Corp. board members didn’t violate their duty to shareholders in the handling of sexual harassment and misconduct allegations, a Delaware court said, ruling that the directors’ response was legally sufficient.
The decision throws out shareholders’ claims against nine individuals who sat on McDonald’s board during a period in which sexual misconduct claims at the company drew widespread public scrutiny.
Though there were “vibrant” red flags about problems with sexual harassment and misconduct at McDonald’s, the board took action, Vice Chancellor
J. Travis Laster
of the Delaware Chancery Court said in a decision issued Wednesday.
“The pled facts do not support a reasonably conceivable claim against [the directors] for breach of the duty of oversight,” he wrote.
The lawsuit against the board members has been closely watched, and not only because it offers a window into an alleged party culture at the headquarters of one of the world’s leading restaurant brands. The court’s rulings could clarify expectations for how company leadership is expected to respond to failures of corporate compliance.
A lawyer for McDonald’s and the directors who were sued hailed the outcome.
“The record shows that the board actively enforced the company’s policies and commitment to maintaining safe, respectful, and inclusive workplaces,” said
a partner at the firm Munger Tolles & Olson LLP.
A lawyer representing the suing shareholders didn’t respond to a request for comment.
The claims center on what shareholders alleged was a boys’ club-type atmosphere at McDonald’s, complete with frequent gatherings at an open bar on the eighth floor of the company’s Chicago headquarters and alleged encouragement to hire young, attractive women to work in administrative roles there.
Delaware law allows shareholders to sue directors over alleged oversight failures, including the failure to ensure there were compliance processes in place to address mission-critical risks. While some of the directors named in the suit have since left their roles, several remain on the board.
In 2019, McDonald’s fired Chief Executive
because of a consensual relationship with an employee, which violated company policy. Shareholders later sued McDonald’s board of directors, as well as Mr. Easterbrook and the company’s former chief human resources officer,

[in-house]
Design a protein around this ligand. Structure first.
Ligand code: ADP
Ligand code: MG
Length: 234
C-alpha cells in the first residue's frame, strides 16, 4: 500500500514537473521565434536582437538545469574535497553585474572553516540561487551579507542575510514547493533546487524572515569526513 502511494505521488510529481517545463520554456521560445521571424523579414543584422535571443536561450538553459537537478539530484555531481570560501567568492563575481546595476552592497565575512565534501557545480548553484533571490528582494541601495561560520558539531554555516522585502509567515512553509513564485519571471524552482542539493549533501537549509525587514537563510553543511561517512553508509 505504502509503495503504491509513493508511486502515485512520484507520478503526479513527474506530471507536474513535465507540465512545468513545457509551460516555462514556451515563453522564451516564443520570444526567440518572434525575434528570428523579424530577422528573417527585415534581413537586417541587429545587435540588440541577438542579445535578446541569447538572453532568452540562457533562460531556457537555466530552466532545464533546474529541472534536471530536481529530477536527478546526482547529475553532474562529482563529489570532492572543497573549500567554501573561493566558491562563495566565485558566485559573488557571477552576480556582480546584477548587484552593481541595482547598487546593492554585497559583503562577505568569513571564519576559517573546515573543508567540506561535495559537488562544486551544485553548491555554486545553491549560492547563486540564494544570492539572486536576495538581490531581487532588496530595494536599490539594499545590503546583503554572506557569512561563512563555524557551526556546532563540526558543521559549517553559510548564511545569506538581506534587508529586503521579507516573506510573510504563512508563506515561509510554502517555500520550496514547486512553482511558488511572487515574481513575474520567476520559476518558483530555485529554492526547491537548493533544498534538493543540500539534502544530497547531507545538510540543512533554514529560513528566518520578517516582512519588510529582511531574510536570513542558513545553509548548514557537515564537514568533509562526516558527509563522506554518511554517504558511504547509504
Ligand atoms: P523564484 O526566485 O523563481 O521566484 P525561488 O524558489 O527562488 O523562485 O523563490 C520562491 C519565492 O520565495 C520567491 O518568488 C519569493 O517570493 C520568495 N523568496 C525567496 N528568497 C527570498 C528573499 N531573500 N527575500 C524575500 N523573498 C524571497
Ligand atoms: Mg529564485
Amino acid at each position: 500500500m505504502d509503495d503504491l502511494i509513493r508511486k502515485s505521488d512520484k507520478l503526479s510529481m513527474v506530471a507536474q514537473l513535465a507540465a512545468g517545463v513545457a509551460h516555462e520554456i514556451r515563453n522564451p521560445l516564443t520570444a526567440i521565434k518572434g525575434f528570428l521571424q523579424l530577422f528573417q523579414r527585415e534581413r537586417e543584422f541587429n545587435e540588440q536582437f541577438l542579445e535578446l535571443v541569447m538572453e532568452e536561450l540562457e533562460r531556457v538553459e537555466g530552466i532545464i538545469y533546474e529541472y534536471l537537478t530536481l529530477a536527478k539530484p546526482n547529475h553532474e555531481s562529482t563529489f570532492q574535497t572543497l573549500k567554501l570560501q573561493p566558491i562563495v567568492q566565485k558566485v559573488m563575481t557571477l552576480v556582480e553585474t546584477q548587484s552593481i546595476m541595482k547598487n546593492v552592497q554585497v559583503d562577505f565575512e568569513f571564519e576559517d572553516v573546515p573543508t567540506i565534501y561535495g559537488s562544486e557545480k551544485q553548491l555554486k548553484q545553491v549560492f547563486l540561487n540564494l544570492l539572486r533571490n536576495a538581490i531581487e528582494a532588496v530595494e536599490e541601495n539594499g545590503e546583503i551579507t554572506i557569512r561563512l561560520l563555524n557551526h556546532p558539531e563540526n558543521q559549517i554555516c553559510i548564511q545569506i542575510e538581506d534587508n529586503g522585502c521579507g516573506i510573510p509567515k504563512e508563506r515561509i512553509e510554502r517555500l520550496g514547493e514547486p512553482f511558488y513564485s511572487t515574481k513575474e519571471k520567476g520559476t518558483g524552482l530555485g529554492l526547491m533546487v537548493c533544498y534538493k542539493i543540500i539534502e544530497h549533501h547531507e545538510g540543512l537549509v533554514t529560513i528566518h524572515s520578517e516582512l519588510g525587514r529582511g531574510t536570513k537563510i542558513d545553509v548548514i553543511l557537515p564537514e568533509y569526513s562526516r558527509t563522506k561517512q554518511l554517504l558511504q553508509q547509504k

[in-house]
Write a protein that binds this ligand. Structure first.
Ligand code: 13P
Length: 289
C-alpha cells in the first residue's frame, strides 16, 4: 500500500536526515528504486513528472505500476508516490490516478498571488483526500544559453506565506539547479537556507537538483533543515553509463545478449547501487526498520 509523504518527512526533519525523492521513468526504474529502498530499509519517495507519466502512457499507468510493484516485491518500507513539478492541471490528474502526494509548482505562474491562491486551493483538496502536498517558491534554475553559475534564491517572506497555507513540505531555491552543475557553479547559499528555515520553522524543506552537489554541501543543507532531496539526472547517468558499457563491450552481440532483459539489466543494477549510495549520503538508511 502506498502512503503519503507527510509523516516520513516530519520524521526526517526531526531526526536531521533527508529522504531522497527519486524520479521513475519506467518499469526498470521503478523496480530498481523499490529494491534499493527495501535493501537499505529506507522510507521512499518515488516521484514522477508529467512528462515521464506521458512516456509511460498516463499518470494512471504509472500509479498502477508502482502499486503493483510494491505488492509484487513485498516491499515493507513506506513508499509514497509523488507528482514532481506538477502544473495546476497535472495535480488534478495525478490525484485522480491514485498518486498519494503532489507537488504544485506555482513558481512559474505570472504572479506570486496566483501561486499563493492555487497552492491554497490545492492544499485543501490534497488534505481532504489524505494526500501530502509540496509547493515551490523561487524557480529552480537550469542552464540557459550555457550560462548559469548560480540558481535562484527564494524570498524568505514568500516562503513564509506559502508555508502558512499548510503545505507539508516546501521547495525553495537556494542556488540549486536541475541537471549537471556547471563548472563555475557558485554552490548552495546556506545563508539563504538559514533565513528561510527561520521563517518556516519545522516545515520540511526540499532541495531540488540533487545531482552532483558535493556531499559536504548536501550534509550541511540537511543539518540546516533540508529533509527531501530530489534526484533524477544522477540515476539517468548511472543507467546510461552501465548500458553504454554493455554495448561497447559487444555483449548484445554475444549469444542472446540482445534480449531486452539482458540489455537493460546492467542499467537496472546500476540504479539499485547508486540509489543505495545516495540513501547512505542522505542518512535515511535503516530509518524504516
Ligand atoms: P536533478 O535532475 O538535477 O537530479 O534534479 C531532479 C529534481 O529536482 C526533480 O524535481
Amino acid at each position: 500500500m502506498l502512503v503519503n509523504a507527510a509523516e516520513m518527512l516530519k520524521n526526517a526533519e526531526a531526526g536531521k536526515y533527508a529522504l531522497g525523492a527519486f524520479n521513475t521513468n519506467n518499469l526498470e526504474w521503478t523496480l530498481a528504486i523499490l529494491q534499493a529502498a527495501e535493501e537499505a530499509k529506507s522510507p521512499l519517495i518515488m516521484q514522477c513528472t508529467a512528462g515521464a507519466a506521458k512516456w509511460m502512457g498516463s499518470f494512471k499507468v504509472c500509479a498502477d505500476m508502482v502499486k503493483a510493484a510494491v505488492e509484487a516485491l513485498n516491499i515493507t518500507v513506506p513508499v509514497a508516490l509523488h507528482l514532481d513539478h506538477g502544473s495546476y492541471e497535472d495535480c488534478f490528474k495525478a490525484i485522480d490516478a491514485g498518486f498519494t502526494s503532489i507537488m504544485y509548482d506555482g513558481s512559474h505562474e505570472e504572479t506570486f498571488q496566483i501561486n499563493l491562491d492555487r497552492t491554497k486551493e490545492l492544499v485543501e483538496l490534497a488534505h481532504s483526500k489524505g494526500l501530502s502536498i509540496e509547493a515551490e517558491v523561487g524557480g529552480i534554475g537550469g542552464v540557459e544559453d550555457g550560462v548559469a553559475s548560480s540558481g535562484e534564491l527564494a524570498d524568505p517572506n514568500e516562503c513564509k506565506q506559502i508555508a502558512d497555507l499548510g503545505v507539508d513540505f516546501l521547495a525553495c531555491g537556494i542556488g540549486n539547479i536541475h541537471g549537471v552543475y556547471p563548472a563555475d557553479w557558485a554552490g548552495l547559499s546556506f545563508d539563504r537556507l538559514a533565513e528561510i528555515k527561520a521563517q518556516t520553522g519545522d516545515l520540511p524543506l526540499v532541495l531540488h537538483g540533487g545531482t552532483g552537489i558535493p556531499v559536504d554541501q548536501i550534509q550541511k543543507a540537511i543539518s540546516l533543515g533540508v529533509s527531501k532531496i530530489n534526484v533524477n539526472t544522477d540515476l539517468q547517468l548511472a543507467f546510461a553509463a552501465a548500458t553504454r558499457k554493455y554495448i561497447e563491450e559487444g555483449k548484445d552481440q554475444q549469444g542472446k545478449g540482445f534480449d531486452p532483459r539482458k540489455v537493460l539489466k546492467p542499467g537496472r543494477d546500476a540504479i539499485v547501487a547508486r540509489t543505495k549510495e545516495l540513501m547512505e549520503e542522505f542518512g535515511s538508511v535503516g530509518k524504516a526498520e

for allegedly violating their fiduciary duties to the company.
The judge previously threw out shareholder claims against Mr. Easterbrook. Mr. Easterbrook’s legal team declined to comment.
After his termination, Mr. Easterbrook was accused of having undisclosed sexual relationships with other employees. McDonald’s ultimately settled a lawsuit against Mr. Easterbrook, clawing back some of his compensation. Mr. Easterbrook also paid a fine in a settlement with the U.S. Securities and Exchange Commission, without admitting or denying the SEC’s claims that he made misleading statements about relationships with employees.
The shareholders alleged in their lawsuit that Mr. Fairhurst failed to appropriately respond to systemic issues of sexual misconduct at the company, a problem in which he was implicated. At the time of his termination in 2019, Mr. Fairhurst had been the subject of multiple reports of sexual harassment during his tenure, according to the Delaware ruling.
In an important decision issued in January, Vice Chancellor Laster allowed the claims against Mr. Fairhurst to proceed. The legal impact of Wednesday’s decision on the case against Mr. Fairhurst wasn’t immediately clear. A lawyer for Mr. Fairhurst didn’t respond to a request for comment.
The alleged sexual harassment issues at McDonald’s led to a wave of complaints with the U.S. Equal Employment Opportunity Commission, a 10-city strike by workers and an inquiry by a U.S. senator. But Vice Chancellor Laster said McDonald’s directors “engaged with the problem” and can’t be held liable. Their response included hiring outside consultants, revising company policies and implementing new training programs, he said.
The judge also dismissed claims that the company’s directors had breached their duty to shareholders by terminating Mr. Easterbrook without a finding of fault, instead of firing him for cause. Reasonable minds can disagree on whether that was the right decision, but directors were entitled to make that decision under a rule protecting the exercise of business judgment, Vice Chancellor Laster said.
Write to Richard Vanderford at Richard.Vanderford@wsj.com
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